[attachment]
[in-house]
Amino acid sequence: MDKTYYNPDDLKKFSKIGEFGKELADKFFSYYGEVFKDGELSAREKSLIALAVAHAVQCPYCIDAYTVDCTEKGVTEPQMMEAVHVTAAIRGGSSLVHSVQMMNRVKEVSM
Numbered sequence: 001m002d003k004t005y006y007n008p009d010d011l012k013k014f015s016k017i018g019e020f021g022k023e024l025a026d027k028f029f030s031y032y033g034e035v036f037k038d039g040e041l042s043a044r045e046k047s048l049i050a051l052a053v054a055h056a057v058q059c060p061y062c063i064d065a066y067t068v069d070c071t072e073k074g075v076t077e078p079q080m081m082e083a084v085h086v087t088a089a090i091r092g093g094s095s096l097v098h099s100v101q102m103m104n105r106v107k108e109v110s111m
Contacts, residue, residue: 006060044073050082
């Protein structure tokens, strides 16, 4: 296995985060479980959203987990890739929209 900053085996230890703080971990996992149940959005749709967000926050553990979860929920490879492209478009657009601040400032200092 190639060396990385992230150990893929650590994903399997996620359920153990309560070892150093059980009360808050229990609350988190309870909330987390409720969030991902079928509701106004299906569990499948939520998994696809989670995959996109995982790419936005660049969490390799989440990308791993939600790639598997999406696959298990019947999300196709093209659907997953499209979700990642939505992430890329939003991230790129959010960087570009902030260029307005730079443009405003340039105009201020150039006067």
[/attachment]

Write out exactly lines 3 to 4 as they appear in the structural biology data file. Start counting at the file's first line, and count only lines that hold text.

Numbered sequence: 001m002d003k004t005y006y007n008p009d010d011l012k013k014f015s016k017i018g019e020f021g022k023e024l025a026d027k028f029f030s031y032y033g034e035v036f037k038d039g040e041l042s043a044r045e046k047s048l049i050a051l052a053v054a055h056a057v058q059c060p061y062c063i064d065a066y067t068v069d070c071t072e073k074g075v076t077e078p079q080m081m082e083a084v085h086v087t088a089a090i091r092g093g094s095s096l097v098h099s100v101q102m103m104n105r106v107k108e109v110s111m
Contacts, residue, residue: 006060044073050082